What Can Games Learn From Action In Comics?


Graham lies in a crumpled heap beneath the looming figure of DOCTOR NO IDEAS.

CAPTION: This looks like a job for…


Pip, dressed in a (heroic) frog costume, sits typing at a computer.


A closeup of a Gchat window with the text “G, are there any games which do violence as well as comics?”

Graham: Oh thank god.

Pretty much no. I love comics, and while I read fashionable indie comics about subjects like EARLY ’90S BRITPOP and SOME OTHER THING KIERON WROTE, I also enjoy comics about PUNCHING and TIGHTS and SOME OTHER THINGS KIERON ALSO WRITES. Part of that is that comics are really good at depicting satisfying action.

Specifically, I think comics are really good at making action a natural extension of their plot and character development, while also making those plots and character developments relatable. I’m thinking specifically of Marvel comics, of which Spider-Man is probably the best example. Because Peter Parker is a loser: poor, stressed out, unlucky in love, and constantly beaten down. And the comics do a very good job of weaving those Peter Parker storylines together with the Spider-Man storylines, in such a way that when Spider-Man punches Green Goblin the face, it’s not just a resolution to a ‘I better save the world’ plot but also somehow advancing his relationship or understanding of Mary Jane or Aunt May or any of the other things going on his life.

In other words, violence is a form of emotional conflict resolution for the the character, in a way that games are almost universally bad at. Games tend to have introductory cutscenes that offer context that, 30 hours later, means very little. Comics do it every issue in a way that makes the eventual inevitable biffing much more satisfying.

The only game I can think of that does this even slightly well is maybe Shadow of Mordor, which has the same crappy cutscene thing, but then makes the combat personally engaging in some way through its procedurally generated personalities and rivalries.

Does that make sense? What do YOU think?

Pip: I think I’m not far enough into comics yet to have seen so much of that. I got a kind of introductory selection box for my birthday and the most recent treat from that has been All-Star Superman. I know you’re more of a Marvel guy but something I started to think about more generally when there were fight scenes was choreography. The fight sequences in comics aren’t chaotic, they’re these neatly choreographed things with a kind of narrative flow and that really lends itself to the beat-by-beat-ness of the panel form. In games I don’t often have that sense of control and fight narrative. I get too easily lost in button mashing or panicked actions strung together instead of carefully considered. Perhaps that’s more on me and how I play, but it means that the journey towards a final punch doesn’t have that same flow and therefore it doesn’t have that same crunchy, visceral payoff.

Graham: Do you feel the same way in turn-based games? XCOM is very good at creating drama from its fights because of the way you can personalise your soldiers, and the turn-based rhythm to it is, I guess, both an approximation of the panel-to-panel comic format and a way of dodging panic? Or do those games still lack something that you get from comics?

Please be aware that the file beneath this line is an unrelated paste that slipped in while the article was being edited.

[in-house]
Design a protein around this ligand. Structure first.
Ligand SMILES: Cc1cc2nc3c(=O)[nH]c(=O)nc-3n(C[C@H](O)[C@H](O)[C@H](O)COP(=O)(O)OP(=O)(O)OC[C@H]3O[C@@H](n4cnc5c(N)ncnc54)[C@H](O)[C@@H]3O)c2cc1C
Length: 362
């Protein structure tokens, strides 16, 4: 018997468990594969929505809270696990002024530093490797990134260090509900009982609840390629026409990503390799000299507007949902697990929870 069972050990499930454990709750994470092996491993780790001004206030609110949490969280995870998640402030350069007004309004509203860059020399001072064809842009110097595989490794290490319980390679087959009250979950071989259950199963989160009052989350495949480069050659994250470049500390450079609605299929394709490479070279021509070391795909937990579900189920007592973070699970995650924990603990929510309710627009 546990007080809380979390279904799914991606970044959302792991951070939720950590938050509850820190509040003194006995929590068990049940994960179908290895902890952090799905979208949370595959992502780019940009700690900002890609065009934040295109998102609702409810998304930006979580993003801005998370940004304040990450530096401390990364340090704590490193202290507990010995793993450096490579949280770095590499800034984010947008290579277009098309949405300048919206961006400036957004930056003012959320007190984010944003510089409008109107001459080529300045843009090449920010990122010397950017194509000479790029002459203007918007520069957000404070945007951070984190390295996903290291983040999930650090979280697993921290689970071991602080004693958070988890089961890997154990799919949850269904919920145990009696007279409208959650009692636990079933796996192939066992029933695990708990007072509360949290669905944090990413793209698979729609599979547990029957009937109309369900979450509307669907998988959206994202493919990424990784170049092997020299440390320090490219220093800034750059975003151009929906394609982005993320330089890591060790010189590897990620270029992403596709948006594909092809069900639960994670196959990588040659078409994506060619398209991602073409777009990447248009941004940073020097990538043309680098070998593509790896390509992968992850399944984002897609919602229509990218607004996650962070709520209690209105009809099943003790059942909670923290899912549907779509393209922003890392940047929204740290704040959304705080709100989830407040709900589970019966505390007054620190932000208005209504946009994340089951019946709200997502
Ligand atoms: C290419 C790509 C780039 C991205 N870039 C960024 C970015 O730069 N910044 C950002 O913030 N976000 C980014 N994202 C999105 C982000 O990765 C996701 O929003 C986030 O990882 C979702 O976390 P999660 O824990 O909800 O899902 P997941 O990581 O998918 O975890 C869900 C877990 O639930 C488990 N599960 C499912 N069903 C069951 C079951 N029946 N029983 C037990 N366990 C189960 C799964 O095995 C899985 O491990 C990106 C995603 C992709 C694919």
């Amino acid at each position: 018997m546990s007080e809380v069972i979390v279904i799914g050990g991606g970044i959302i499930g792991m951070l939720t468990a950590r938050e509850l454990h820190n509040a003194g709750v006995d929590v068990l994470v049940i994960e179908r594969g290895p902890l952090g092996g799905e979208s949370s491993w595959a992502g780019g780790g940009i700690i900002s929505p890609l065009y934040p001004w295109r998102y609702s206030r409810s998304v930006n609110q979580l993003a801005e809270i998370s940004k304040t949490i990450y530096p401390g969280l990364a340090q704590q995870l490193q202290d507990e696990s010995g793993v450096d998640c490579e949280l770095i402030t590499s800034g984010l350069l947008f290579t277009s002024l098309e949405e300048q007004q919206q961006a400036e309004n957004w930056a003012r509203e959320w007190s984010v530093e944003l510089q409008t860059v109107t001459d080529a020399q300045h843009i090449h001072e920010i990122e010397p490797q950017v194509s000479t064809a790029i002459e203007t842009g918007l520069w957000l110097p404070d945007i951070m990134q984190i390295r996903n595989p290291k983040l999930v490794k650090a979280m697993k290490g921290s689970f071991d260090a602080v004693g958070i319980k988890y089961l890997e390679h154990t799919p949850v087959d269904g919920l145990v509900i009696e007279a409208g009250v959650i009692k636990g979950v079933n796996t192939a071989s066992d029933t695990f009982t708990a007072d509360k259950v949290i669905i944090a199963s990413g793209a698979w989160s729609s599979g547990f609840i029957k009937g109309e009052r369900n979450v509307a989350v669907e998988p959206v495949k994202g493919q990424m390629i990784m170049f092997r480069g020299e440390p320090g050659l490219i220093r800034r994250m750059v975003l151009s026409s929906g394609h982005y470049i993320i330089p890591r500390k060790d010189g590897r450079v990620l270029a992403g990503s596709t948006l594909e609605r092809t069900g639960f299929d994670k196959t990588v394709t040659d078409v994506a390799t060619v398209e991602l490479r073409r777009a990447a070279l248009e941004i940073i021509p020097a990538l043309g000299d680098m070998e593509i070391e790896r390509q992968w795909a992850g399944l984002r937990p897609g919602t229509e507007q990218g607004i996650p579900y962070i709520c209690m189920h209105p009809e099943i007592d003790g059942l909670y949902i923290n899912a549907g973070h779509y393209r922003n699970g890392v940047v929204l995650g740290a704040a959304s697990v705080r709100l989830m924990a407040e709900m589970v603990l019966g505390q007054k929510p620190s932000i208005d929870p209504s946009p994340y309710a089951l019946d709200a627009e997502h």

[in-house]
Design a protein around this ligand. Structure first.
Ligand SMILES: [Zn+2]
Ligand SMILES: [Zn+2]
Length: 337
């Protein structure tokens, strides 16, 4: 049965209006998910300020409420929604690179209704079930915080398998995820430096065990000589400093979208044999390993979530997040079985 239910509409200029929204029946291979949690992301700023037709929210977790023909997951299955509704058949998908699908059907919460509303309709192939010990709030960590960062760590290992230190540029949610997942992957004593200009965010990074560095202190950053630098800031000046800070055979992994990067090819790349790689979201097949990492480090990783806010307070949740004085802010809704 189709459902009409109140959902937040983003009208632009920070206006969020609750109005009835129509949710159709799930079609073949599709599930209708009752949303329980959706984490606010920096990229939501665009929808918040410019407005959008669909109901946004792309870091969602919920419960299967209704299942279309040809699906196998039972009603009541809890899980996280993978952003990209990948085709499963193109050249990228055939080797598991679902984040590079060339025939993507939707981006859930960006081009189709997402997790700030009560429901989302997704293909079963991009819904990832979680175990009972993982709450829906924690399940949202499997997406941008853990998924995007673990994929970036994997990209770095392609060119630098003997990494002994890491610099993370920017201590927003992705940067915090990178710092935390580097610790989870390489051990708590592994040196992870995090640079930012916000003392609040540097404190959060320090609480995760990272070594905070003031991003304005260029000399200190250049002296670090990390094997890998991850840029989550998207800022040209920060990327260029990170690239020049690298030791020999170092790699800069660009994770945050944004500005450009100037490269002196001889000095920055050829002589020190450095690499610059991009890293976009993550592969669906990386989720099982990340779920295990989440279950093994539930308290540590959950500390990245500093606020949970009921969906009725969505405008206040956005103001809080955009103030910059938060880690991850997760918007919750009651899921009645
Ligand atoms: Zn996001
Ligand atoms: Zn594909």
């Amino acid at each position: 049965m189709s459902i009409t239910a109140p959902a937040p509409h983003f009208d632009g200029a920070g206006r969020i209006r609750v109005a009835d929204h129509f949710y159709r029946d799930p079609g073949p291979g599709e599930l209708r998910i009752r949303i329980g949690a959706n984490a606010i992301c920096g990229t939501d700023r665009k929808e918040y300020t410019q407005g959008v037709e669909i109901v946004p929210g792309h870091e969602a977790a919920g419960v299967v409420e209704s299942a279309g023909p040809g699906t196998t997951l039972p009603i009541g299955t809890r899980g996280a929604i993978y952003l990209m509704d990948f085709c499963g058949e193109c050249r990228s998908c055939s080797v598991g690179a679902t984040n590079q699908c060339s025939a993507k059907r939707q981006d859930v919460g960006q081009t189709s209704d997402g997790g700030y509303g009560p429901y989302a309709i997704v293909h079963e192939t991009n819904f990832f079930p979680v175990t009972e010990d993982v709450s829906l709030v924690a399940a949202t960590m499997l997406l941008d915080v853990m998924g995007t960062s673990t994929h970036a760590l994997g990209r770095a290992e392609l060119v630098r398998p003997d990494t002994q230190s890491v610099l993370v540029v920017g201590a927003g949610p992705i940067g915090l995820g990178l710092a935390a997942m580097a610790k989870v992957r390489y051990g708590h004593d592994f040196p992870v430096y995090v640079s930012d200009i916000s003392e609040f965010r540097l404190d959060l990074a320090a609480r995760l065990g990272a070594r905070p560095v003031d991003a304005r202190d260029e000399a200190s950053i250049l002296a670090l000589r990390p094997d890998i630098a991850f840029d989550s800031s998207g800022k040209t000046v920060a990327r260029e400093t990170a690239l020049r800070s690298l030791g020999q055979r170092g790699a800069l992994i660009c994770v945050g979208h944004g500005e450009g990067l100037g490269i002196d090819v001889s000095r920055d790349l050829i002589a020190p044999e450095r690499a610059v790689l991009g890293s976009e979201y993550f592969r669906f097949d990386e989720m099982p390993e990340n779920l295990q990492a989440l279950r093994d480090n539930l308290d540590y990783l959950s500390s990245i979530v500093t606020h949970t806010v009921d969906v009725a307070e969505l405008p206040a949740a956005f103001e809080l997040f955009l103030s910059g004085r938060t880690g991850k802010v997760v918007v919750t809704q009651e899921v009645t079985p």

Pip: I think I get it a bit with FTL, actually. I’ve previously not been a big player of turn-based games because you could often sink a lot of time into something then realise you’d been doing it wrong and the only way to repair it was to go back and start again. I guess I found the idea of there being a wrong move paralysing so I started to shy away from them. But perhaps something’s shifted in my brain now and I’d find them more rewarding. Certainly that’s a more interesting way of thinking about them that you’ve just put forward!

Graham: I always think of turn-based games like FTL, XCOM and so on as more about the story than I do the winning. I’m there to get a good anecdote out of it, and that takes the pressure off screwing up.

But you make a good point about staging in general. I feel like that’s something that games have become better at in the past last ten years, though. Like – that’s why cover systems are cool, right? People claim to be sick of them sometimes – they’ve become ubiquitous since Gears of War in 2006 – but before that more often than not first- and third-person protagonists in videogames would just stand in the open while shooting. That’s absurd and it means that action has a strange, single pace. Cover systems make the choreography more dramatic because you can dive for cover, you can hide, you can have your back against the wall, you can perform these actions you’ve seen in comics. Does this go any distance towards introducing the control and fight narrative you’re talking about?

Pip: Actually, yes. I think to a certain extent they do. You’re right about them introducing another note into battle, although it needs to be in conjunction with other factors to ensure you haven’t just changed it from entirely shooting at each other in the open to entirely shooting at each other from cover. One of the ace things about cover systems is that it lets you pause and plan so you can do some of that choreography more easily. Same deal with the Mass Effect action wheel thingy and the spacebar pauses in Dragon Age: Origins.